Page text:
Is obesity genetic?

It's actually true that genes influence weight. This was proven by observations of children who grew up separately from their biological parents in an adoptive family and did not resemble the weight of the adoptive parents, but rather that of the biological parents. Even more meaningful are studies of identical twins who lived in different environments and nevertheless shared a similar body weight.

Overweight man sits on the couch and eats chips and doughnuts

If both parents are overweight, it is very likely that their children will become fat adults. How is it that some people tend to be overweight and others not? Why can some people eat what they want and remain slim, while others only have to look at the cake and immediately gain a pound on their hips?

The reason for this is the different utilization of food energy. This is also referred to as "good" and "bad" feed converters. According to this theory, good "feed converters" are more likely to be overweight because their metabolism is particularly effective in using calories and thus keeping energy consumption to a minimum. Scientists today, however, assume that this phenomenon depends less on the digestion of food than on individual energy consumption.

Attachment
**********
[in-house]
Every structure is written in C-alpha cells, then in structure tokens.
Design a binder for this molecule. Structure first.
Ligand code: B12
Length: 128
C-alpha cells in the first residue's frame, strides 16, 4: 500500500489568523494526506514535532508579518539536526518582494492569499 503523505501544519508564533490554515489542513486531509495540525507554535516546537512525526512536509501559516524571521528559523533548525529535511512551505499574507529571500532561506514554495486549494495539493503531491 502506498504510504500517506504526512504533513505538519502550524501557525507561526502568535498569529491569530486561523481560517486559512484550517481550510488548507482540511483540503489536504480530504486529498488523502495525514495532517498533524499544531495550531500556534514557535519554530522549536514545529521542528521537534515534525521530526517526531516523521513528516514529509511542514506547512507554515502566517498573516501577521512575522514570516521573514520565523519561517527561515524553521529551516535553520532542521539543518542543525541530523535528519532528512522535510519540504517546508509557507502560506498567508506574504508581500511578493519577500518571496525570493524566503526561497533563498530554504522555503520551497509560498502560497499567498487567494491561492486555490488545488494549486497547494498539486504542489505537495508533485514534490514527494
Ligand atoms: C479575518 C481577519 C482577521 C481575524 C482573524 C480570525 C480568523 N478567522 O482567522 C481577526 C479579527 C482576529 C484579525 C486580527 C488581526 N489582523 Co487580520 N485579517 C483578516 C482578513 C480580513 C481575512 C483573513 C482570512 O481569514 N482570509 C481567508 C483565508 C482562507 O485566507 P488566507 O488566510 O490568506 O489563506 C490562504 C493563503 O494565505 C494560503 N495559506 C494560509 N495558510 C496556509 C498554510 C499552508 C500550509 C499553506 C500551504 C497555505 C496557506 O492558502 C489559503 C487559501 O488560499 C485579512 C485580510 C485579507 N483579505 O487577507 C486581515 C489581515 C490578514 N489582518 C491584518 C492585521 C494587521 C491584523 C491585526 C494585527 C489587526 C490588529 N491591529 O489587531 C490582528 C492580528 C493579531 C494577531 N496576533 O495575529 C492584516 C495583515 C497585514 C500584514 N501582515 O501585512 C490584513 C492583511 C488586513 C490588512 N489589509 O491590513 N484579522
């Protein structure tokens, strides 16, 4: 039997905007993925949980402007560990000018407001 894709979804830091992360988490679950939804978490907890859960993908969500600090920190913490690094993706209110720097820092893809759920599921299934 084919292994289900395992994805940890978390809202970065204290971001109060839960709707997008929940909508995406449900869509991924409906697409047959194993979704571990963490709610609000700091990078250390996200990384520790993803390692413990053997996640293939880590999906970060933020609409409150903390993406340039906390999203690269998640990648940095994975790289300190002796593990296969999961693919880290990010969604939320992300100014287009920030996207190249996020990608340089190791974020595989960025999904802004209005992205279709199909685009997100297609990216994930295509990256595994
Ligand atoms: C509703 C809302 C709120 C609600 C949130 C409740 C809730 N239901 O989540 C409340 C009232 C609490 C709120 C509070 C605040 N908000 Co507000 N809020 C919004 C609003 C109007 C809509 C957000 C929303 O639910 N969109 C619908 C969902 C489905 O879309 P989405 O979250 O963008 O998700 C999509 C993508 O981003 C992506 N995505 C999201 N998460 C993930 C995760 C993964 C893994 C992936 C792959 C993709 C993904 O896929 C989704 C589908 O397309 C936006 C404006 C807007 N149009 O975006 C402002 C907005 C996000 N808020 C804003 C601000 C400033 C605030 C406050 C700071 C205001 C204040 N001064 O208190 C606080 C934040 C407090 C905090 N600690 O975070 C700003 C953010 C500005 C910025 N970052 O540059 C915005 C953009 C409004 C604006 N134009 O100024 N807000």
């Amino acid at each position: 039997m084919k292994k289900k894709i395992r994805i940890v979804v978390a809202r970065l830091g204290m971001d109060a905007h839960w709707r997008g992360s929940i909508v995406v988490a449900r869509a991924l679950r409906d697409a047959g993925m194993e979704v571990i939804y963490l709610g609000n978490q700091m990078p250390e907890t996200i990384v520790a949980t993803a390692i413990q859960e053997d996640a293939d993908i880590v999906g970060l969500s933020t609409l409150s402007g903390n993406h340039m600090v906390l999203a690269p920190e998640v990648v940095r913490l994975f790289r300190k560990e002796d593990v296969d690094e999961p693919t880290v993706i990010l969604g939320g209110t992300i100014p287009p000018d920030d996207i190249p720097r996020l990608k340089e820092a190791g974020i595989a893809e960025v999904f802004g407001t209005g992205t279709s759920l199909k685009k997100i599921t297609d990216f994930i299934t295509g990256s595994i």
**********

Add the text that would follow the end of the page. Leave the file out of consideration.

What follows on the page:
If you are of the opinion that you belong to the "good" feed utilities, this should not be a license to put your hands in your lap and come to terms with obesity by saying, "It's just in my genes." With the right attitude and lifestyle, you can also reach your ideal weight. If you eat consciously and above all increase your energy consumption through more exercise and activity, you have a good chance of slimming down and staying slim. Your personal nutrition plan according to your metabolic type can provide you with valuable support.

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